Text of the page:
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By Lara Seligman
Aviation Week

The U.S. Air Force is moving forward with preparations to take two off-the-shelf light attack turboprop aircraft downrange to fight terrorists next year.

Preparations for the combat demonstration, called Combat Dragon III, are notably far along—especially since Air Force leadership has not yet made a final decision on whether to move forward with the exercise. The Air Force has picked a squadron commander, a designation, and a total detachment size of about 70 people, said Air Force Reserve Col. Mike Pietrucha, light attack adviser to Air Combat Command (ACC).

The service has decided to take four total aircraft downrange—two each of the Embraer/Sierra Nevada Corp. A-29 Super Tucano and Textron’s AT-6 Wolverine, Pietrucha said.

“We are preparing as if we’re going,” he said.

Combat Dragon III would be the follow-on to the Air Force’s light attack demonstration that took place this summer at Holloman AFB, New Mexico. The goal of the high-profile experiment was to evaluate four off-the-shelf aircraft for the light-attack counterterrorism mission: top candidates Super Tucano and Wolverine, as well as two “tier two” contenders—Textron’s Scorpion jet and L-3-Air Tractor’s AT-802L Longsword.

The Air Force released the interim report from the light attack experiment internally on Sept. 21, and leadership expects to make a final decision on moving forward with the combat demonstration by year’s end, Pietrucha said.

Industry is on board; the last remaining hurdle is identifying a funding stream, Pietrucha stressed. The Air Force may not have to wait for Congress to reach a budget agreement for fiscal 2018 to find resources for the demo; it could request supplemental funding for fiscal 2017, or potentially use funds from the Overseas Contingency Operations account, he said.

Combat Dragon III likely will be much more costly than the light attack demo, which ran the Air Force less than $6 million paid for out of the service’s experimentation and prototype budget account. Pietrucha estimated the combat experiment would cost more than $100 million.

The concept of a light-attack combat demonstration has roots in the Combat Dragon II program, during which the U.S. Navy deployed a pair of heavily modified OV-10G Broncos to the Middle East to evaluate their surveillance and light-attack capability. Despite a successful deployment, Congress blocked the program.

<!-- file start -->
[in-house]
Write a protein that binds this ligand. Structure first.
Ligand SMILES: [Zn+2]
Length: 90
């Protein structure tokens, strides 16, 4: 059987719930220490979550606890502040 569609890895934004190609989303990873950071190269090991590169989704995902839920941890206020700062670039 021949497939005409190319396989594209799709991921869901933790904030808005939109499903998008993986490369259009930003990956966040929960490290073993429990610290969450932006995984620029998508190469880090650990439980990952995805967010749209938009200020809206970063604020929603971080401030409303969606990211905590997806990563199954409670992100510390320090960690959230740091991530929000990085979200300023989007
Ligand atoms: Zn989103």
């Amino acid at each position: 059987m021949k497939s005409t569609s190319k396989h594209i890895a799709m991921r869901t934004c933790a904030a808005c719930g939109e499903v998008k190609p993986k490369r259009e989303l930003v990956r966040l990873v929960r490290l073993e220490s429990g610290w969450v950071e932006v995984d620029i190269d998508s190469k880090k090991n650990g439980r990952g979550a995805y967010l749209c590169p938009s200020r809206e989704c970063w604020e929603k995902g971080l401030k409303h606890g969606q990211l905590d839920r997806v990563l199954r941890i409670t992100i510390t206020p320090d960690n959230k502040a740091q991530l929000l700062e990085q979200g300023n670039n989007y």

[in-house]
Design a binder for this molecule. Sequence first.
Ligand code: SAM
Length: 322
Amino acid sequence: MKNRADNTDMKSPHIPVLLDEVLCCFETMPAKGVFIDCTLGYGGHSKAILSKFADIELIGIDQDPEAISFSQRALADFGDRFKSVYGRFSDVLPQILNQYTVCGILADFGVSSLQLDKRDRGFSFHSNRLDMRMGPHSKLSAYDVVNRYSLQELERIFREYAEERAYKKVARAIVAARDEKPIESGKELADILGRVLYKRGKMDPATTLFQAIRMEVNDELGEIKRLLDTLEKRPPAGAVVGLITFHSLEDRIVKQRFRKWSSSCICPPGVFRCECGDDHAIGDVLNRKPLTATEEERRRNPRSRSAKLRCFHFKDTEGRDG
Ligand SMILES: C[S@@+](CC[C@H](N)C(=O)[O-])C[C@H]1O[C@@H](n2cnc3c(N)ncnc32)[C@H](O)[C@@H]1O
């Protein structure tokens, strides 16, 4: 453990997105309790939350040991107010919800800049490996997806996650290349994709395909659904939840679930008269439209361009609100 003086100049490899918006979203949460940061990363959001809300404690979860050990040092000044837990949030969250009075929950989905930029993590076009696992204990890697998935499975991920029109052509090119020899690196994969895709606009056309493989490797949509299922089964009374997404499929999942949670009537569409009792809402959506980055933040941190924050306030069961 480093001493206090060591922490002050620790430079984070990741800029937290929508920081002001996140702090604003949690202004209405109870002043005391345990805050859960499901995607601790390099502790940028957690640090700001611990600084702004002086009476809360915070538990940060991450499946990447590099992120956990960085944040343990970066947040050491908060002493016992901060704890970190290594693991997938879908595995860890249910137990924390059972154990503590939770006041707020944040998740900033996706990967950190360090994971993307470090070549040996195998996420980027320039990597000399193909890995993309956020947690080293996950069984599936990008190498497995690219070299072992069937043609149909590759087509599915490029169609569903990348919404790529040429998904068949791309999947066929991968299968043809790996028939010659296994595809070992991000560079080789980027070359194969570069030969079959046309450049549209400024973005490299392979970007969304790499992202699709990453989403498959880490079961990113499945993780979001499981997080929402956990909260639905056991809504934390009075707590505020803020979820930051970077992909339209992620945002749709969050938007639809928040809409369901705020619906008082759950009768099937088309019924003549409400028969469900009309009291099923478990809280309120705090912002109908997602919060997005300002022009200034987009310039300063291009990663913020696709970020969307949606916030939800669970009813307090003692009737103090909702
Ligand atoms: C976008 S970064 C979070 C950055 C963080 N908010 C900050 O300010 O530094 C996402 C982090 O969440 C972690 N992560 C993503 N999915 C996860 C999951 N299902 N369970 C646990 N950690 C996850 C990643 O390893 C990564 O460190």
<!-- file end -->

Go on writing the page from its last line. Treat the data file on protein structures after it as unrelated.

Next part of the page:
But the time may now be ripe to pick up where Combat Dragon II left off. The high-end fighters currently helping the venerable A-10 Warthog provide close-air support for troops in the Middle East are worn out from decades of war. A new fleet of about 300 affordable light-attack aircraft designed for the low-threat environment would ease the burden on F-15s, F-16s and other aircraft, allowing them to perform the high-end missions they were designed for, officials argue.
Additionally, a light-attack fleet would provide much-needed seats for pilot training as the Air Force struggles with pilot production, absorption and retention.

Combat Dragon III would be the next step toward a program of record. To man the squadron, the Air Force is pulling airmen from operational squadrons and the air staff, Pietrucha said. The criteria for aircrew are the same as they were for the Holloman demonstration: 1,000 flight hours, time in fighter or attack aircraft, previous or current instructor qualification and combat experience.

At least one partner nation is interested in participating, Pietrucha said.

The combat experiment would take place in U.S. Central Command’s area of responsibility, but where in the region would be decided by the commander of U.S. Air Forces Central Command, Lt. Gen. Jeffrey Harrigian. The aircraft would be destroying targets in support of U.S. and coalition forces, just like any other assets in the region, Pietrucha said.

“We expect these aircraft to act like any other fighter attack aircraft that we deploy, a flexible air asset that’s assigned based on what the Combined Forces Air Component commander needs to assign in order to support the operations that are going on,” he said.

The Air Force has not yet decided where the combat demo would take place, but has ruled out several options. For example, the aircraft would not operate out of Al-Udeid air base, Qatar, because the airfield is too far away. They also would not operate in areas where Russian air defenses are present, which rules out certain regions in Syria.

During the combat demonstration the Air Force would for the first time evaluate the effectiveness of the aircraft’s weapons—precision weapons, free-fall munitions and guns, Pietrucha said. Officials also would look at maintenance sustainability, parts consumption and reliability for the operational environment.

“These are the kinds of things you want to know if you are going to work on a theater-wide operation: where can you put these aircraft, how can you sustain them?” Pietrucha said.

The Air Force also will examine options to use rapid acquisition authorities to procure the aircraft faster than in a normal acquisition program, he added. If the Air Force moves forward with a program of record, the service likely will buy the aircraft directly instead of leasing them, because they will be used in combat.